Like a chameleon.
And suddenly the ending to the story made sense.
Ten different notes all clamoring at once.
Gabe was Chaos.
“So.” He sniffed and cleared his throat. “Now that I’ve totally ruined the moment by talking in my serious voice and scaring the shit out of you — why don’t we work on one of your performance pieces?”
“Okay.” I placed my hands on the piano again, careful to angle my wrists at the perfect degree and keep my eyes on the music ahead. Sometimes I wondered if my posture was better than my playing.
“What the hell are you doing?” he asked in calm voice.
I turned and gave him a firm nod. “I’m getting ready.”
“To go to battle?”
“What?” I relaxed my hands a bit. “No.” I straightened. “This is the right posture, it’s—”
“If you say perfect, I’m going to kill myself.”
“Someone should have majored in drama.”
He burst out laughing. “Oh, honey, you have no idea.”
“So?” I lifted my wrists again and looked ahead.
“Fine.” He smirked. “Play just like that.”
“Okay.” I started one of my harder pieces, Piano Sonata 14. It felt exactly the same. The movement wasn’t as fast as some of the others, but the timing for it had to be perfect.
“Close your eyes,” Gabe instructed.
He swatted my wrists. “No arguing with your piano master.”
“Say ‘yes, master’.”
I smiled tightly, my eyes focusing on the music in front of me. I started slowly playing. “Not in this lifetime.”
“Bet I could make you say it.” His voice had an arrogant lift to it, which made me all the more irritated. Master? Um, no.
“Eyes.” He growled again.
With a resigned sigh, I closed my eyes. “Better?”
“Immensely,” he said smoothly.
Darkness enveloped my world. All I had were the notes at my fingertips. All I had was the music — that and Gabe.
He wasn’t saying anything.
Which killed me.
It also made me want to open my eyes, but I knew he’d probably just tell me to close them again, so I kept playing.
And then, with a teasing touch, his fingers grazed my chin, slowly tilting it down toward the piano while his other hand went to my upper back then slowly moved down until it was in the middle, with a gentle push, he urged my body closer to the keys.
Eyes closed, posture completely off, I leaned over the piano. Everything felt wrong as I continued playing.
“Slower,” he said softly.
With a sigh, I started playing slower. His hands moved to my hips. And stayed there. Other than jumping a foot, I was still able to concentrate.
“The music,” he whispered, “It’s not just your story — it’s your lover.”
“Okay,” I squeaked. Heat washed over me as the word lover bounced around in my brain. I knew it, but I’d never experienced it. How was I supposed to use something I didn’t know how to use? And how embarrassing was it that I was stuck in that tiny room having never been… stuck in a tiny room with any guy? Lover. I’d take him. If I got a choice. It would be him. But people like Gabe, beautiful people who had music in their soul, who knew how to speak without words… they weren’t for girls like me.
“Each stroke…” His hands pressed against my hips making me gasp. “You need to feel it not just on your fingertips — but everywhere.”
“Feel it here,” he squeezed and then ran his hands lightly up my sides, then resting right underneath my breasts, he pressed again. “And here.”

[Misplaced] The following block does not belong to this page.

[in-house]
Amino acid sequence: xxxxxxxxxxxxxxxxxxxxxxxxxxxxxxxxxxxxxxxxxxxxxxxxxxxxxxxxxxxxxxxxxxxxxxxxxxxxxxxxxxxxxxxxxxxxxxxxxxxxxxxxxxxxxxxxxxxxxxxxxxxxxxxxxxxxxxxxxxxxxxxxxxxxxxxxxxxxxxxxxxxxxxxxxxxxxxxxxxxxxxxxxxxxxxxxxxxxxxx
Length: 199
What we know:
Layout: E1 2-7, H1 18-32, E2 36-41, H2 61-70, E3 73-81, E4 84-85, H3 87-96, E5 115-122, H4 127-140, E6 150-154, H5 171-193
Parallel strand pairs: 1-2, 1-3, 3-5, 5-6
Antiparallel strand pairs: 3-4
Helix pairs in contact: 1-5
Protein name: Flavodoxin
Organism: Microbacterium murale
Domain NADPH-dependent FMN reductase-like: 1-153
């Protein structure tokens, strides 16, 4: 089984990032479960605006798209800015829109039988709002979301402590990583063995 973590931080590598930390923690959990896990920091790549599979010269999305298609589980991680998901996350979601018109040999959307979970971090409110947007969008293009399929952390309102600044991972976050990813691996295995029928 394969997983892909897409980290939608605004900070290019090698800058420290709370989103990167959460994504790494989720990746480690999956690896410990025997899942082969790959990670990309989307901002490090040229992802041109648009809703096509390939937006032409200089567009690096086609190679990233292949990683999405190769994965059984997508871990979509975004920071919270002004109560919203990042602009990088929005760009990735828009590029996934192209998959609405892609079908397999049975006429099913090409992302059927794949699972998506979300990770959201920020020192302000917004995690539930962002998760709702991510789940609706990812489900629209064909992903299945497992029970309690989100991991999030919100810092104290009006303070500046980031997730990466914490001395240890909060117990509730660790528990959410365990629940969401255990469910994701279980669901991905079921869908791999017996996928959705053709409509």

My breathing picked up speed, as did my music.
“Slow down,” he commanded in that same irritating patient tone. “Where is this story taking me? Where are you taking your lover?”
“Huh?” I breathed.
“Use your hands to tell me the story — use your body to propel the story forward, what happens next… Tell the story, Saylor. Make me feel it without even touching you.”
“But — that’s impossible.”
“You can feel a kiss without touching someone’s lips.”
“Concentrate.” Gabe’s voice was firm. “I want to kiss you.”
“What?” He was lucky I didn’t actually collapse against the piano this time.
“In the story.” He chuckled. “I want to kiss you in this story, so kiss me.”
“You want me to get up and kiss you?” Mind you, I was still trying to play a difficult piece as he was asking me this, which basically meant I must have had talent, because my body was on fire.
“Without our mouths meeting.”
“Through the music.” I clarified in a doubtful voice.
I could hear the smile in his tone as he answered. “Yes, through the music, show me what the kiss would feel like. I want to taste it.”
He laughed softly. “I’m touching them.”
“My lips,” he countered. “They’re soft, open, wet…”
I squirmed on the piano bench, squeezing my eyes shut. “What else?”
“As I part my lips… I wonder what your tongue tastes like, what type of pressure you’d use as you pressed your velvety smooth mouth against mine. I imagine exploring your mouth not just because I want to — but because I can’t help it. I’m lost. And your kiss is my salvation… so, Saylor, will you save me?”
My fingers glided effortlessly over the piano as I imagined his mouth — the way he smiled, the way he took his lower lip hostage when he was deep in thought. The dark look he got in his eyes when there was something he wanted. Our kiss would be epic.
The music picked up speed as I leaned over the piano, pounding each note with the rhythm of my footsteps as I approached him.
His hands would reach for my hips as he pulled me closer. My hands hovered over the keys making my hesitation known.
And then I pressed softly against the ivory, leaning forward as if I was leaning into Gabe with my body pressed against his. My breasts brushed the keys. I moved closer to the piano and then slowed the music.
His eyes would close.
His lips would part.
And we’d meet in the middle — because both of us wanted the same thing. Both of us wanted to taste, to explore, to feel.
I slowed my left hand as my right hand moved quicker across the keys, to show the anticipation.
And then, our mouths would touch.
I pounded the keys with my left hand, making it the loudest part of the piece which wasn’t normally how it was done.
Our tongues would tangle.
I pounded the piano harder.
His fingers would dig into my arms as he lifted me into the air.
I pulled back from the piano, stopping the music, and then gently started the rhythmic cadence again.
Our kiss was the perfect joining of music.
He was the left hand, I was the right.
Separate they sounded like silly scales.
Together — they were beautiful.
When I stopped the piece, I was sweating.
“Open your eyes,” Gabe whispered.
He was breathing so heavily it looked like he’d just run a marathon. With a smile he tucked my fallen hair behind my ear and tilted my chin toward him.
“That…” He leaned in. “…is how you perform. Like every kiss is both your first and last — like you’re saying both hello and goodbye — like you’ve just been born… like you’ve just died.”